for money damages, "it is a significant step under
separation-of-powers principles" for a court to impose
damages liability on federal officials. Ziglar v.
Abbasi, 137 S.Ct. 1843, 1857 (2017). In such cases,
"[t]he question is who should decide whether to provide
for a damages remedy, Congress or the courts?"
Id. at 1857 (cleaned up). "The answer most
often will be Congress." Id. Indeed, in the
course of repeatedly declining to provide a Bivens
remedy in recent years, the Supreme Court has now made clear
that "extend[ing] Bivens liability to any new
context or new category of defendants" is highly
"disfavored." Ashcroft v. Iqbal, 556 U.S.
662, 675 (2009) (cleaned up). We thus conclude that, because
the plaintiffs seek to extend Bivens liability to a
context the Supreme Court has yet to recognize and there are
"special factors counselling hesitation in the absence
of affirmative action by Congress," Abbasi, 137
S.Ct. at 1857 (cleaned up), the plaintiffs' action for
damages should be dismissed. Therefore, we reverse the
district court's order denying the ICE agents' motion
to dismiss and remand with instructions to dismiss the
their complaint, the plaintiffs challenge the legality of
stops, detentions, and home invasions that they experienced
on February 8 and February 17, 2017.
alleged in the complaint, on February 8, ICE agents stopped
one of the plaintiffs as he was leaving his home and asked if
he knew a man in a photo that the agents showed him. When the
plaintiff denied knowing the man, the agents demanded that
the plaintiff take them into his home. The agents then
collected all of the other persons in the home, asked them
the same question, and received the same response. They then
arrested six residents and took them to an ICE facility in
Lorton, Virginia. After ten hours, the agents released the
six on bond. Removal proceedings under the Immigration and
Nationality Act ("INA") were then initiated against
those six, who are now plaintiffs in this action.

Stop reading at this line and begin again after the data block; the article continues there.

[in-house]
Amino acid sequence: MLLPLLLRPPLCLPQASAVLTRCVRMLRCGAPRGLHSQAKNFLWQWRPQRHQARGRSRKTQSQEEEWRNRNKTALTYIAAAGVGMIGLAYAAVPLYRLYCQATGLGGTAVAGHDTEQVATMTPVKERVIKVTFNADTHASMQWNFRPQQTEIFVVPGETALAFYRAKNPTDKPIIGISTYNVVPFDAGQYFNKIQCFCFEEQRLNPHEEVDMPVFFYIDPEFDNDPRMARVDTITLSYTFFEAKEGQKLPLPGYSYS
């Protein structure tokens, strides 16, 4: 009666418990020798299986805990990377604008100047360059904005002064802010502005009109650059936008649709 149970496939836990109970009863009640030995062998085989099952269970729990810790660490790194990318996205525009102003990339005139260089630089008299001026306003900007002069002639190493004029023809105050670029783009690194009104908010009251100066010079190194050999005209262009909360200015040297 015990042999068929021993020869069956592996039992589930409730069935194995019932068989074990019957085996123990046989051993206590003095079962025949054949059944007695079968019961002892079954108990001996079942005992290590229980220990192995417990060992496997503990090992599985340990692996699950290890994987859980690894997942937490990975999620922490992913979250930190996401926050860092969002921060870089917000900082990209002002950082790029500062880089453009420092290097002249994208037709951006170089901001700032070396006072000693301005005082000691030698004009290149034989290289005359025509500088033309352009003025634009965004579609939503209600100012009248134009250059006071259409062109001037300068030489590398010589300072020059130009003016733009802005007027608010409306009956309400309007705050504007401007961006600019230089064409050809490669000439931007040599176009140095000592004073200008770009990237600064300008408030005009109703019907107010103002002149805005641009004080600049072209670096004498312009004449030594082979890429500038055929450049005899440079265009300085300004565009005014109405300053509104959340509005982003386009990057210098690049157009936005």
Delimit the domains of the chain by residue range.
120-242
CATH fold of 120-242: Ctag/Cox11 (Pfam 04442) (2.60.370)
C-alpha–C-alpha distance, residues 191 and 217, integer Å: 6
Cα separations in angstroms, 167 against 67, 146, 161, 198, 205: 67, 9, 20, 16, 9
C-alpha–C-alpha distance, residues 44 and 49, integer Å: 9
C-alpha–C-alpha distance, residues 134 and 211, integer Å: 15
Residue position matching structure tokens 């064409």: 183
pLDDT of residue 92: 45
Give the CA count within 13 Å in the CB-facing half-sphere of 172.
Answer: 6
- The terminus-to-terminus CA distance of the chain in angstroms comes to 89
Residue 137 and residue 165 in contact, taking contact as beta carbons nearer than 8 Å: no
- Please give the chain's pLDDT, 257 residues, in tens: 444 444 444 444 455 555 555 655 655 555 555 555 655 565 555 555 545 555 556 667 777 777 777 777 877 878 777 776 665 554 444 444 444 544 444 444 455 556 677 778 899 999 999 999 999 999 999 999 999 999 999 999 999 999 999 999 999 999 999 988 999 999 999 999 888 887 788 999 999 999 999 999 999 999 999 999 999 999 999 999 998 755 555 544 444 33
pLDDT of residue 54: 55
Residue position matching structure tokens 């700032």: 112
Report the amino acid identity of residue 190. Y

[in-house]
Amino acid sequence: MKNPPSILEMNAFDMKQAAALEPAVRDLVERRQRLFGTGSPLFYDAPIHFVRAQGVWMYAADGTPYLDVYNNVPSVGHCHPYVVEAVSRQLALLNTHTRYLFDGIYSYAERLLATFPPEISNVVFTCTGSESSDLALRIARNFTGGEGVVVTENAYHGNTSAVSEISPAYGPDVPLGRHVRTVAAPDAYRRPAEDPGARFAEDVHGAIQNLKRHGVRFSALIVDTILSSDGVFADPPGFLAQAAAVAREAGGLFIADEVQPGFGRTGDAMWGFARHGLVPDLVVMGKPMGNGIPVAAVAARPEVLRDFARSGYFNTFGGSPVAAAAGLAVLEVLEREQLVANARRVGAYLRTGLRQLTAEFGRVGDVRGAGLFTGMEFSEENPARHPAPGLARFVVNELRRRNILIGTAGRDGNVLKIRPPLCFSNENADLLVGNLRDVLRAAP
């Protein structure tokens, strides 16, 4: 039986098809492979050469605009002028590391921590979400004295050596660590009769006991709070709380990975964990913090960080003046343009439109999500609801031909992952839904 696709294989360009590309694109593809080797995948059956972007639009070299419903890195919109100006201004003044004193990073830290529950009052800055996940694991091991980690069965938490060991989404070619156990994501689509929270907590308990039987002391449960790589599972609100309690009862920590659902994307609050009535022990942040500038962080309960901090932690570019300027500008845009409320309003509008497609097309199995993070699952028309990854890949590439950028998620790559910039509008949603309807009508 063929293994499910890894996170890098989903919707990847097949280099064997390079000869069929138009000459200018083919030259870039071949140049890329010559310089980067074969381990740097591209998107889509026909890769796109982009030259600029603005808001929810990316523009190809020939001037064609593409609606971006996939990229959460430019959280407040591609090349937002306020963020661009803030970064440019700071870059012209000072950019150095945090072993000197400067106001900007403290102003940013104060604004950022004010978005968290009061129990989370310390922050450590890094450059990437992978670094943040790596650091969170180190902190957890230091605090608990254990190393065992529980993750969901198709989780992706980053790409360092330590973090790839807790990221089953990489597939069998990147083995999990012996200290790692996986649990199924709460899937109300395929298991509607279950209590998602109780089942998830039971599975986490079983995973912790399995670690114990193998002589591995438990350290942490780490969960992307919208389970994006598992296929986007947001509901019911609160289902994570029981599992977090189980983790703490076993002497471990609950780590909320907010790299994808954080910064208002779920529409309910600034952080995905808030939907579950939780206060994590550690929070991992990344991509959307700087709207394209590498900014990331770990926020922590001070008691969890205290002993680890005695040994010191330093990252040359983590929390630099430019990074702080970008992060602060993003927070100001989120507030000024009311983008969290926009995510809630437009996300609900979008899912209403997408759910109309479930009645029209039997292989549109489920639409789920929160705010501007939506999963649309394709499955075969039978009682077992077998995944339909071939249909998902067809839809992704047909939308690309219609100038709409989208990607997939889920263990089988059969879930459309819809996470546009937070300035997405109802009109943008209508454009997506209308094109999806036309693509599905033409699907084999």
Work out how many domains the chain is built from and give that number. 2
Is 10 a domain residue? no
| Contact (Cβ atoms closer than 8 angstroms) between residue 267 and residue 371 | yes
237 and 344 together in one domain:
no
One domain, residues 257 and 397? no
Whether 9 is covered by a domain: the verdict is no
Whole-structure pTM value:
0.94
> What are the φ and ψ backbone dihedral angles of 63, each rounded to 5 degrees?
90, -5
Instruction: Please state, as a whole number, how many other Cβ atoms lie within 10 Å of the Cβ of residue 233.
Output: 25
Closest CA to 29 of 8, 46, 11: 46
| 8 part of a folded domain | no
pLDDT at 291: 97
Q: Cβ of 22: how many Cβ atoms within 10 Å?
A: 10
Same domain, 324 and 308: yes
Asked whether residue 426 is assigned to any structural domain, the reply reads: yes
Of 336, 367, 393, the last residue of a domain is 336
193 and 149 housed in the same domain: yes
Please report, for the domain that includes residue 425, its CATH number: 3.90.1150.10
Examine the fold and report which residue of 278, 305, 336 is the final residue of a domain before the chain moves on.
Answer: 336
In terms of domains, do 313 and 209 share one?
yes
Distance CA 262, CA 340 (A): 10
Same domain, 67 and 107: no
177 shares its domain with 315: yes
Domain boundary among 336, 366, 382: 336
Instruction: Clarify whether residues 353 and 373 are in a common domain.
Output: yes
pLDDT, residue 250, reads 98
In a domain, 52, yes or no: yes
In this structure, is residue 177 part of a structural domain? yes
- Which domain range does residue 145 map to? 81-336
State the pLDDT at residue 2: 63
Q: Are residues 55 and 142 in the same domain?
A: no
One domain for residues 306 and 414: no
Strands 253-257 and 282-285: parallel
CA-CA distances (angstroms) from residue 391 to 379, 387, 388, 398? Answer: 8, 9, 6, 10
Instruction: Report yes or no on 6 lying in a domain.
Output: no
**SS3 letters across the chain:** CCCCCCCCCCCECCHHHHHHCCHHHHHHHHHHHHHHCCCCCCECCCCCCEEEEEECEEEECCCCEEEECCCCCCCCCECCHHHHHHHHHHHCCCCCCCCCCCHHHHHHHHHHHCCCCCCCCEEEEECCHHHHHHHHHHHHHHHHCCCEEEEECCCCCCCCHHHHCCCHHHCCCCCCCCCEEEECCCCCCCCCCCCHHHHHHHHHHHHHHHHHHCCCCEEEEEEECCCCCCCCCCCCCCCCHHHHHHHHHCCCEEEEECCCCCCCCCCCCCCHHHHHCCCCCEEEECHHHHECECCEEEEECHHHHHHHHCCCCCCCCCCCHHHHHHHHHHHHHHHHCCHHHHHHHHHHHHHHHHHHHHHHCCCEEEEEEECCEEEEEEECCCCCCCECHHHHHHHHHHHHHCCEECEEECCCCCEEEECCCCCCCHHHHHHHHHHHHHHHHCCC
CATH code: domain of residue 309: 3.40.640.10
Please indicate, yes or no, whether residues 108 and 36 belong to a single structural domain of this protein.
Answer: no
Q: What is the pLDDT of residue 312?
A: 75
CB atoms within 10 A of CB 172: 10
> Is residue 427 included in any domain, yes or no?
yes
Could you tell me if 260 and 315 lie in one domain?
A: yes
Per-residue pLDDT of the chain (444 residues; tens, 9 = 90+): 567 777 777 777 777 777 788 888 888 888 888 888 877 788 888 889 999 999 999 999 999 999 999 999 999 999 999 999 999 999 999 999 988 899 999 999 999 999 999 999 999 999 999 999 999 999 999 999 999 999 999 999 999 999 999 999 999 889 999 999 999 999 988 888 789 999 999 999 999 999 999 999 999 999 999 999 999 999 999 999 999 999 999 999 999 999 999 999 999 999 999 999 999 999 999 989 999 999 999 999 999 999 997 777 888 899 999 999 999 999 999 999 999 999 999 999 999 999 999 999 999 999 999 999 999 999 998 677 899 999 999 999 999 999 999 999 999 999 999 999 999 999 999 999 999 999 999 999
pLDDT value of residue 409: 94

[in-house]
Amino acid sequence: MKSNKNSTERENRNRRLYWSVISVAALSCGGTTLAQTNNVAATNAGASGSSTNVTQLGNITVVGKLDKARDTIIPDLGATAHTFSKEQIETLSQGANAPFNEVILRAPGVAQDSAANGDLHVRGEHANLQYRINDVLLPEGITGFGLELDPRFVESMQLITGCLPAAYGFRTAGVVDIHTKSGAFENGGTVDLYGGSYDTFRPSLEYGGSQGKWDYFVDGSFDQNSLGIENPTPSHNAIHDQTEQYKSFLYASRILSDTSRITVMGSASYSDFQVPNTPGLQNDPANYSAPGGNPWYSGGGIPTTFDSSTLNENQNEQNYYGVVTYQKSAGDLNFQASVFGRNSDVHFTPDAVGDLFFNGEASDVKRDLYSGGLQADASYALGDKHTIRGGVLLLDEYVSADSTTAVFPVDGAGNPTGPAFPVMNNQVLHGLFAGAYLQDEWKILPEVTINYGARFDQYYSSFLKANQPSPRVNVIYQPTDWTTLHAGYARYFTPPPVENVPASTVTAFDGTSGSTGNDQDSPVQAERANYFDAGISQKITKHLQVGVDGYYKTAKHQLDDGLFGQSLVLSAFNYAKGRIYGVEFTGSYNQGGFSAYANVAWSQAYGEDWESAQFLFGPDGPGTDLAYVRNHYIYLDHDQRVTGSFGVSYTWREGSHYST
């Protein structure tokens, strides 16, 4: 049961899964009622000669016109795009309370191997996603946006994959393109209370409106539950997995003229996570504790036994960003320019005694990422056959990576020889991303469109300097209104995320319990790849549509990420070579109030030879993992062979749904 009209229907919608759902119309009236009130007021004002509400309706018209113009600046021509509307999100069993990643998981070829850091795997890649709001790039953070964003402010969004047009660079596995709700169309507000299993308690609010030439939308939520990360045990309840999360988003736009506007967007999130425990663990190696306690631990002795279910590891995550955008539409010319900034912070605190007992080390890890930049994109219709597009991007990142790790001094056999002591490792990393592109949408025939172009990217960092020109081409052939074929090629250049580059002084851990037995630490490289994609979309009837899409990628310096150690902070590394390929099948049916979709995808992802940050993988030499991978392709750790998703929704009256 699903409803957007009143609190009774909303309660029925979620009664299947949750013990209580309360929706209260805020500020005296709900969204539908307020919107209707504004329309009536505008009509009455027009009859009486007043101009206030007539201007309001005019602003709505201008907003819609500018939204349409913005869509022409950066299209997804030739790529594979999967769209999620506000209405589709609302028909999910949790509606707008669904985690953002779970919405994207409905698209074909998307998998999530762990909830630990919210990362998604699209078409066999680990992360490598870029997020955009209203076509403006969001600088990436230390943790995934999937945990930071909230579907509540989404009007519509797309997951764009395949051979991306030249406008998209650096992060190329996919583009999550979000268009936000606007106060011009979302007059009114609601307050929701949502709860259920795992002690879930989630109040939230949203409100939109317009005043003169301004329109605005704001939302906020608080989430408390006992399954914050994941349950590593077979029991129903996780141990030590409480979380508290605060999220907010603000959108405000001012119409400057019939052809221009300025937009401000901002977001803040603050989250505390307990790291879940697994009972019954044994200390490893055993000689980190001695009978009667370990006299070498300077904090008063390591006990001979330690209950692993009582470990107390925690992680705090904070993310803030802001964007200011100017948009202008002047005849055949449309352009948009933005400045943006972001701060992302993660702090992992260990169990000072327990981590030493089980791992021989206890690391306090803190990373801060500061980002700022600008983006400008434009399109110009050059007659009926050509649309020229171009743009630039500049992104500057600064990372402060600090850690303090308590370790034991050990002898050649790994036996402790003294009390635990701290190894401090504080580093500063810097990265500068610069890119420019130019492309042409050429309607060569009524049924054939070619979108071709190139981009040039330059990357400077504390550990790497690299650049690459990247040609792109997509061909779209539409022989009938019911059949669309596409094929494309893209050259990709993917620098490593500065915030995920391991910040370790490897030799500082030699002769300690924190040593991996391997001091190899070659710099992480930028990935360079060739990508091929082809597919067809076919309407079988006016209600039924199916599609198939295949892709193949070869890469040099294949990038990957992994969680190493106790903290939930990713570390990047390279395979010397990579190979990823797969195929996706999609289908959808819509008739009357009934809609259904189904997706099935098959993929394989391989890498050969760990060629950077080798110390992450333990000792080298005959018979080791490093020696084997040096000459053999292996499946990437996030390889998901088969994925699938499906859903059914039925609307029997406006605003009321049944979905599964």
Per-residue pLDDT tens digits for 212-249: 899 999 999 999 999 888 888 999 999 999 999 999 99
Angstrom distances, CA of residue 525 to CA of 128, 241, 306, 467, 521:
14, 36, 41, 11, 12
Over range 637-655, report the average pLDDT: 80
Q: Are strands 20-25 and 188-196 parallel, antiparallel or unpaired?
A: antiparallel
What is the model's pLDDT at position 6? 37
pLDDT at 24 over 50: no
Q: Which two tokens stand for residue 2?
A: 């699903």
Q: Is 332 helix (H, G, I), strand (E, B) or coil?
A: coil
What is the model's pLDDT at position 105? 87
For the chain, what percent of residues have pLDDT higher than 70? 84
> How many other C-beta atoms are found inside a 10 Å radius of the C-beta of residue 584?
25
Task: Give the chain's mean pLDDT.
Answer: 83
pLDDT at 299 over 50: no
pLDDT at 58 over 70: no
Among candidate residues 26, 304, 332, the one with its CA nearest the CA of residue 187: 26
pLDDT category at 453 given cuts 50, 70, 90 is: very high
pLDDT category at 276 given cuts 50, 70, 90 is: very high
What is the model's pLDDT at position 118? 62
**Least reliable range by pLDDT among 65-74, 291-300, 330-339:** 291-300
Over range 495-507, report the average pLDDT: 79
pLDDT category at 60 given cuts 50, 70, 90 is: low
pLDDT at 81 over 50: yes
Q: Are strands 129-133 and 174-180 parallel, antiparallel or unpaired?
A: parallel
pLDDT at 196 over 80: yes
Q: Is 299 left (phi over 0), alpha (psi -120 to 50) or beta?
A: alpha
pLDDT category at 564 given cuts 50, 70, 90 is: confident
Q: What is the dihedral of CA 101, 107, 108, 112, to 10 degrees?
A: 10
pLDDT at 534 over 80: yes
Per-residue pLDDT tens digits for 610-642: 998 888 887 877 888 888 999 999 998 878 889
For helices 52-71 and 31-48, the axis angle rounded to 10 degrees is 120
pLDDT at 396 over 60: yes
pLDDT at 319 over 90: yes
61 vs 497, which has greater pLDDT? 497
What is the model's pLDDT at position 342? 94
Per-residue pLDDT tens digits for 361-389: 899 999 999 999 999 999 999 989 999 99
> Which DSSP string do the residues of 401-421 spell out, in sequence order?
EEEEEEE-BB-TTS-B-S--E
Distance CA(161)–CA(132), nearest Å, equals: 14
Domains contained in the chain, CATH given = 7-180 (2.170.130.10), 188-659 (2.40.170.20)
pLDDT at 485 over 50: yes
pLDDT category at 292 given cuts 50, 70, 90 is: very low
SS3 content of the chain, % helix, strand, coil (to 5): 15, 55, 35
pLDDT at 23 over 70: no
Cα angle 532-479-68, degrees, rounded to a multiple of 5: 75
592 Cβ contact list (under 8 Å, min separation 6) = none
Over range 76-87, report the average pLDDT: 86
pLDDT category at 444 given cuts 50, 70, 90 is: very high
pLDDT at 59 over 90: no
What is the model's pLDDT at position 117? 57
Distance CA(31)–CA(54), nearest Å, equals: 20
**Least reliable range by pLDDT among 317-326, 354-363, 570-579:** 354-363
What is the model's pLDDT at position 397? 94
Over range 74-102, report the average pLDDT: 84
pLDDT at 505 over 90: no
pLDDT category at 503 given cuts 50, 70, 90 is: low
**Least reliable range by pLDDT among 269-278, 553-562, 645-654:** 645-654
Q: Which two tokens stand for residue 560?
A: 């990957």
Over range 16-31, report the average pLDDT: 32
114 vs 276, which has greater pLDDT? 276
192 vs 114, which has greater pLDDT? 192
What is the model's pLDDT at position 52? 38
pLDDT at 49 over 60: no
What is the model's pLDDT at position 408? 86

February 17, ICE agents blocked a car with four Latino men in
it as they were pulling out of a parking space, demanding
that they provide identification. The ICE agents then showed
the detained men photos of two men, whom one of the detained
men recognized. The agents then directed the detained men to
go to their apartment, where the agents arrested and frisked
two of them and took them to an ICE facility in Fairfax,
Virginia. After they were released, removal proceedings under
the INA were initiated against those two men, who are also
now plaintiffs in this action.
their initial complaint for damages, the two plaintiffs
arrested on February 17 alleged violations of the Fourth and
Fifth Amendments. They also asserted that the arrests on that
date "did not occur in a vacuum," citing a recent
Executive Order which "was represented by the Trump
administration as an effort to 'take the shackles
off' ICE agents in their enforcement activities."
(Citation omitted). As the complaint alleged:
ICE agents across the country have been encouraged to stop
individuals without reasonable suspicion, pursuant to the
Trump Administration's efforts to "take the shackles
off" ICE agents to free them from "what they went
through in the last administration." In contrast to the
Obama Administration's immigration enforcement policies
and practices, which discouraged ICE agents from stopping
individuals absent reasonable suspicion that the individuals
had violated federal law, . . . [the] Executive Order and
implementing guidance from [the Department of Homeland
Security] have encouraged a broader set of ...